Here's a weird (but positive) side effect of the declining home DVD market: movie studios are looking for any way possible to make up for lost revenues and now they're digging deep into their archives and releasing just about anything that might make a buck.
The Fourth War (1990) flat-out baffles: it's sort of like Rambo times two, except the American and Soviet Rambos are actively serving commanders serving on the Czech-West German border. It's directed by the great John Frankeneimer (guy classics like The Manchurian Candidate, French Connection II, Black Sunday, 52 Pick-Up and Ronin) and stars Roy Scheider, Jürgen Prochnow and Harry Dean Stanton.
%embed1% In The Fourth War, Roy Scheider plays Col. Jack Knowles, a Vietnam hero whose temper has had him stashed in backwater outposts all over the world until Stanton's General Hackworth decides he deserves one more chance on the front lines. Roy looks pretty worn out here, only a decade after his Oscar nomination for All That Jazz and just a couple of years before he was sleepwalking through Steven Spielberg's lamentable TV series Seaquest DSV.
His Soviet counterpart is Jürgen Prochnow's Col. Valachev, a veteran of the USSR's failed war in Afghanistan. Prochnow's still having his high-profile foreign-actor-comes-to-Hollywood moment, kind of like the one Christoph Waltz is enjoying now after Inglourious Basterds. After Das Boot made him famous, Prochnow had big parts in Beverly Hills Cop II and The Seventh Sign before getting his name above the title on The Fourth War.
Both Knowles and Valchev feel like they've been rejected by their home countries after their campaigns in Vietnam and Afghanistan and both decide to deal with the chips on their shoulders by taking out their anger personally on their opposing counterpart.
We know this because of a lot of narration and declamatory speeches by Harry Dean Stanton, looking really uncomfortable in an ill-fitting uniform.
Neither Scheider nor Prochnow's characters are disciplined for their cowboy antics and things degenerate until they're locked in hand-to-hand combat on a frozen lake, very purposefully echoing Einstein's quote about the fourth world war being "fought with stone clubs."
The Fourth War was made just as the Soviet Union was disintegrating and really wants to make some kind of point about what happens to warriors who lose their enemies. This one is highly recommended if you're having movie night with a bunch of guys and a case of beer but not so much if you're planning to watch it by yourself.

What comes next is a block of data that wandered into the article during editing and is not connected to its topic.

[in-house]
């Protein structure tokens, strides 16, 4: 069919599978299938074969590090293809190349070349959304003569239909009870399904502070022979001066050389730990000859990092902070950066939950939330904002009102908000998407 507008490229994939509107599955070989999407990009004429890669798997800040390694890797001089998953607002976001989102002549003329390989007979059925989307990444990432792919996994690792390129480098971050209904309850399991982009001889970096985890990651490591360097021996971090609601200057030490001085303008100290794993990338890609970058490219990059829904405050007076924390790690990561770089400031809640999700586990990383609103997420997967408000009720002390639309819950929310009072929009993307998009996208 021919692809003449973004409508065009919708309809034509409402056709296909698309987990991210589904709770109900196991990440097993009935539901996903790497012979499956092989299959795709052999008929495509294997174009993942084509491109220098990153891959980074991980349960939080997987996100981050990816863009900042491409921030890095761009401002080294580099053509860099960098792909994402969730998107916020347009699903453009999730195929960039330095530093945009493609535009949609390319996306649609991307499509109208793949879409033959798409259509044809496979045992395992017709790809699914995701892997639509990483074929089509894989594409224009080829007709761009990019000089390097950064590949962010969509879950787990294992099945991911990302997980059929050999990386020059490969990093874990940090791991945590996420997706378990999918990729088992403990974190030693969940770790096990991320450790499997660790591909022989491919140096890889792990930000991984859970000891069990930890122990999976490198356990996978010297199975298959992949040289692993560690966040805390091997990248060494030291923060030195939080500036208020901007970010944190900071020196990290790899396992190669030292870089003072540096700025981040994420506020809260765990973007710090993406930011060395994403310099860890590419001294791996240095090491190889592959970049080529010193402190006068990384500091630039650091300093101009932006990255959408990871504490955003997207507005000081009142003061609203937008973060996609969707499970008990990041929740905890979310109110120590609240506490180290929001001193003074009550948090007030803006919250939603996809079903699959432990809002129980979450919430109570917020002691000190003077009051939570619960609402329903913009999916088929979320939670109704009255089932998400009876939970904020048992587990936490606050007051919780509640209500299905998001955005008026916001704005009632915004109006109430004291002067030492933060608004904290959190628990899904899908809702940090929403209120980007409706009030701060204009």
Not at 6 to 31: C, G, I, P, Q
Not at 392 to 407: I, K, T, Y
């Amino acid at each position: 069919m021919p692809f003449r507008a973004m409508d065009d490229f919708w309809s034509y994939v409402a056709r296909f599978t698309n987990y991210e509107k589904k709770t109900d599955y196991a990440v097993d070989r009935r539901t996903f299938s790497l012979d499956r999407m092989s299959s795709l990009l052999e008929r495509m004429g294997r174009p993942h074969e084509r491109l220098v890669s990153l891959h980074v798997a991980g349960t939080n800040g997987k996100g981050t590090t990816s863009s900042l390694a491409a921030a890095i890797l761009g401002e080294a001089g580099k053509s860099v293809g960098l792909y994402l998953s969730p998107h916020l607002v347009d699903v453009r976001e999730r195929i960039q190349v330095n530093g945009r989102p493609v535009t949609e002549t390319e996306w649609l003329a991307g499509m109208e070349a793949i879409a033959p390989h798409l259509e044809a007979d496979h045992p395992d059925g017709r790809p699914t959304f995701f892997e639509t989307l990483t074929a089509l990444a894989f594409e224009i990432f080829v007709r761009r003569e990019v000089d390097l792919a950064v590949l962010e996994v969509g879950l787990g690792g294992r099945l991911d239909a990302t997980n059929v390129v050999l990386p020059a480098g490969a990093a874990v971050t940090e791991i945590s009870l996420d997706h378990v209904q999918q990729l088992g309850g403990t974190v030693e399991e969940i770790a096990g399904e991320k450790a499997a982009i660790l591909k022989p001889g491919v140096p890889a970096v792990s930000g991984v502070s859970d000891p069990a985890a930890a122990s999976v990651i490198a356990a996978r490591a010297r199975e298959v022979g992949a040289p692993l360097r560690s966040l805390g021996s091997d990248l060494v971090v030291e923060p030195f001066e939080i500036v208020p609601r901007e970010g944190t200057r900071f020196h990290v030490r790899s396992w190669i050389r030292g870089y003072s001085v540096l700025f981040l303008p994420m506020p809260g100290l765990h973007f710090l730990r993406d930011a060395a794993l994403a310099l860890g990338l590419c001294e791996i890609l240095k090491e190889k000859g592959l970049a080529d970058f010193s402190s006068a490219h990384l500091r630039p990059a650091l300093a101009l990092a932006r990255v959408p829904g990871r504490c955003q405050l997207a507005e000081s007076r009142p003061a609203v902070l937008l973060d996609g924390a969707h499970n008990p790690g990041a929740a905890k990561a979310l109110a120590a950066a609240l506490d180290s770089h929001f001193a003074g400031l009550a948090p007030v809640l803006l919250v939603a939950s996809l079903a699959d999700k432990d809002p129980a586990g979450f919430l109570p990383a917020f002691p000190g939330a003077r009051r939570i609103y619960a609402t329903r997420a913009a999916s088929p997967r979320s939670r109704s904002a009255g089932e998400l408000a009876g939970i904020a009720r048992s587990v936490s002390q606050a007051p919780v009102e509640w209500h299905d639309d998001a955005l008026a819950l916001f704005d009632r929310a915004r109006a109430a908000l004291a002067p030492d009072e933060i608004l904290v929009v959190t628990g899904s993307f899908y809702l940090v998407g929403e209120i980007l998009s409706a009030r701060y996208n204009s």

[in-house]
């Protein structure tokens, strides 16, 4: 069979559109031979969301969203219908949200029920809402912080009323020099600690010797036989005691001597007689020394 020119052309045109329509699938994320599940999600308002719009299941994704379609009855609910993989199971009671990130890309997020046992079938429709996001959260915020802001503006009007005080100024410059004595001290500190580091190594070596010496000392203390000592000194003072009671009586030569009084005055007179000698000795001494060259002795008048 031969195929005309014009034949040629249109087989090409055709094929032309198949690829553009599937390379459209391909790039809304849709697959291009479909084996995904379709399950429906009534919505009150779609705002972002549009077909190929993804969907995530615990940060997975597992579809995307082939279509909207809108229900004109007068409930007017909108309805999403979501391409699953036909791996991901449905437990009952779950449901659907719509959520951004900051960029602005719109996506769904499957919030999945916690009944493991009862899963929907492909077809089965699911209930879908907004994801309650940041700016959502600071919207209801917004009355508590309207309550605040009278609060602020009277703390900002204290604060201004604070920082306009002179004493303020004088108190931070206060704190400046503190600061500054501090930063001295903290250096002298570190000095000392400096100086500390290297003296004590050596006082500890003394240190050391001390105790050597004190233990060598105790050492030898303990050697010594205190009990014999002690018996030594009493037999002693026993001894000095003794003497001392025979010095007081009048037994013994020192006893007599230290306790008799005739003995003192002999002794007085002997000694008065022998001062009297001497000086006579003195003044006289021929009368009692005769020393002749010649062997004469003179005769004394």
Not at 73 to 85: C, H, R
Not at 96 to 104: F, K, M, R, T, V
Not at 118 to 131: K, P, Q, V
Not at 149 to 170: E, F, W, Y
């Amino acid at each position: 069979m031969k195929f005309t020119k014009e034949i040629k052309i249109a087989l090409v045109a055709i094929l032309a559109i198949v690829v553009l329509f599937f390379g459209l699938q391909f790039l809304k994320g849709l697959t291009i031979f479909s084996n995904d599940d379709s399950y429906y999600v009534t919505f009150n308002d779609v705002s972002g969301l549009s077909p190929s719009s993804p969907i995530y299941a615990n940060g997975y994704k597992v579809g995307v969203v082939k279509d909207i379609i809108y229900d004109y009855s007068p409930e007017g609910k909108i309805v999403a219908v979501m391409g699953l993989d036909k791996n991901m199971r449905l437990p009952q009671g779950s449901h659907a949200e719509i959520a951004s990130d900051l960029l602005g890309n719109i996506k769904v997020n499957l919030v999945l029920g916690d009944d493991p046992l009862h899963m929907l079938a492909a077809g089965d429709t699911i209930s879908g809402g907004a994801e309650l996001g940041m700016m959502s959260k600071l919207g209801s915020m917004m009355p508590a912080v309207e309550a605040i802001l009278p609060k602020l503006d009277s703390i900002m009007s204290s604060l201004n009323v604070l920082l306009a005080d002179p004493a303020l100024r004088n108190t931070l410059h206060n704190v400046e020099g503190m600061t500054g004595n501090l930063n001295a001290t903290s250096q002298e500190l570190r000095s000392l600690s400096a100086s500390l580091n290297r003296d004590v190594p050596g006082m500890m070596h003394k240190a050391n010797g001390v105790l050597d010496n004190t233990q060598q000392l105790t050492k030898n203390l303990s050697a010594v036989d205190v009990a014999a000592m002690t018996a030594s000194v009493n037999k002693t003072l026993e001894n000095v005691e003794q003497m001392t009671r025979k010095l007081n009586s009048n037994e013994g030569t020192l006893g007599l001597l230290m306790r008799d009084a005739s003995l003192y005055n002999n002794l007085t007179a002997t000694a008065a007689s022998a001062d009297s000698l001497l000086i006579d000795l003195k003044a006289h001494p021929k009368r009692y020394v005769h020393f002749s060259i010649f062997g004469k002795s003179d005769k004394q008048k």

Hot Cars exposes the seedy underworld of 1950s SoCal stolen car rings. Star John Bromfield is a rare character in Hollywood. Once he figured out that the leading man thing wasn't really going to work out for him, he quit the business and became a commercial fisherman. The femme fatale is played by Joi Lansing, who later gained a small amount of well-deserved fame playing Mrs. Lester Flatt on The Beverly Hillbillies.
Anyway, Hot Cars is only an hour long, features some great shots of the PCH as it rolls into 1950s Santa Monica and ends with a fight to the death on the Santa Monica Pier's roller coaster. Totally worth the hour it takes to watch it.
%embed2% Johnny Cool (1963) is one of the few great Sicilian mob movies made before The Godfather. Henry Silva plays a young Sicilian hood rescued from the police by crime boss and groomed as a hit man by his new boss.
Silva, renamed "Johnny Cool" gets sent to the States and goes on a killing rampage that rivals Lee Marvin's revenge fest Point Blank. Along the way, he encounters Jim Backus, Mort Sahl, Telly Savalas, Joey Bishop and Sammy Davis Jr. as "Educated."
What you get is a second-tier Rat Pack movie with a real sense of danger. You also get Elizabeth Montgomery, incredibly sexy in a rare feature film performance and a great Billy May score.
It's hard to figure why this one's been never been on DVD before. Henry Silva's not exactly a big star but his association with Sinatra and big role in the original Oceans Eleven should've convinced someone to put it out. This one's an absolute winner.
All three titles were released by MGM's Limited Edition Collection, which takes advantage of Amazon's On-Demand DVD burning service to make you a single copy only after your order the title. They're a little bit more expensive than the mass-produced titles clogging up the bins down at Walmart but you're getting a chance to buy movies that would otherwise never see the light of day.
The DVD mastering on these titles won't win any awards and there aren't any of the extras that fill out mainstream releases. Once they're mastered, these movies are far more likely to show up for online streaming. You can watch both Hot Cars and Johnny Cool on Netflix Instant Streaming but you're going to have to make the small investment if you want to see The Fourth War.